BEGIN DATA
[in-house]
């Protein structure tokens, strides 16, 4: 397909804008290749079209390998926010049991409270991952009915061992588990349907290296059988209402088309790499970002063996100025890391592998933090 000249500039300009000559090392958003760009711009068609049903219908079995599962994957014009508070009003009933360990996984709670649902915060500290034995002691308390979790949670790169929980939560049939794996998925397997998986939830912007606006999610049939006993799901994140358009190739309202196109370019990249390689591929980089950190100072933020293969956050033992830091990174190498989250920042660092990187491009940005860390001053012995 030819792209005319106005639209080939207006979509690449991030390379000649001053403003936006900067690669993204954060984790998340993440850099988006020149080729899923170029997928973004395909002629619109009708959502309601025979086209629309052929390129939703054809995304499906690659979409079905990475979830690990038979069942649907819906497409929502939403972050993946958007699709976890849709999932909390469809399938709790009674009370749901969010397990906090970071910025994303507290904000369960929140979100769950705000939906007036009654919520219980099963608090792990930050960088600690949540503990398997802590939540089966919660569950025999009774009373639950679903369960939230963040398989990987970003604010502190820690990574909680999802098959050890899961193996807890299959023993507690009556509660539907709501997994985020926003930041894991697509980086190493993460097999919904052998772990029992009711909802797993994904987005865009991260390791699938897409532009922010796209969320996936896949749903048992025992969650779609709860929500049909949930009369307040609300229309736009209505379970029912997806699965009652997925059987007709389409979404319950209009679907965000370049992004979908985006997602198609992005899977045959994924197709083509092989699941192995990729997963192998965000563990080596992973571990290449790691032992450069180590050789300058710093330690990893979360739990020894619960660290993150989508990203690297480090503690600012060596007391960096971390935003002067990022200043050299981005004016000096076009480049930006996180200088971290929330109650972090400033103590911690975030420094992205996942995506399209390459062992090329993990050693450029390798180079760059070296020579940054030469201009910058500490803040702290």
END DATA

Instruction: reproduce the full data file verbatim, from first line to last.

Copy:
[in-house]
């Protein structure tokens, strides 16, 4: 397909804008290749079209390998926010049991409270991952009915061992588990349907290296059988209402088309790499970002063996100025890391592998933090 000249500039300009000559090392958003760009711009068609049903219908079995599962994957014009508070009003009933360990996984709670649902915060500290034995002691308390979790949670790169929980939560049939794996998925397997998986939830912007606006999610049939006993799901994140358009190739309202196109370019990249390689591929980089950190100072933020293969956050033992830091990174190498989250920042660092990187491009940005860390001053012995 030819792209005319106005639209080939207006979509690449991030390379000649001053403003936006900067690669993204954060984790998340993440850099988006020149080729899923170029997928973004395909002629619109009708959502309601025979086209629309052929390129939703054809995304499906690659979409079905990475979830690990038979069942649907819906497409929502939403972050993946958007699709976890849709999932909390469809399938709790009674009370749901969010397990906090970071910025994303507290904000369960929140979100769950705000939906007036009654919520219980099963608090792990930050960088600690949540503990398997802590939540089966919660569950025999009774009373639950679903369960939230963040398989990987970003604010502190820690990574909680999802098959050890899961193996807890299959023993507690009556509660539907709501997994985020926003930041894991697509980086190493993460097999919904052998772990029992009711909802797993994904987005865009991260390791699938897409532009922010796209969320996936896949749903048992025992969650779609709860929500049909949930009369307040609300229309736009209505379970029912997806699965009652997925059987007709389409979404319950209009679907965000370049992004979908985006997602198609992005899977045959994924197709083509092989699941192995990729997963192998965000563990080596992973571990290449790691032992450069180590050789300058710093330690990893979360739990020894619960660290993150989508990203690297480090503690600012060596007391960096971390935003002067990022200043050299981005004016000096076009480049930006996180200088971290929330109650972090400033103590911690975030420094992205996942995506399209390459062992090329993990050693450029390798180079760059070296020579940054030469201009910058500490803040702290």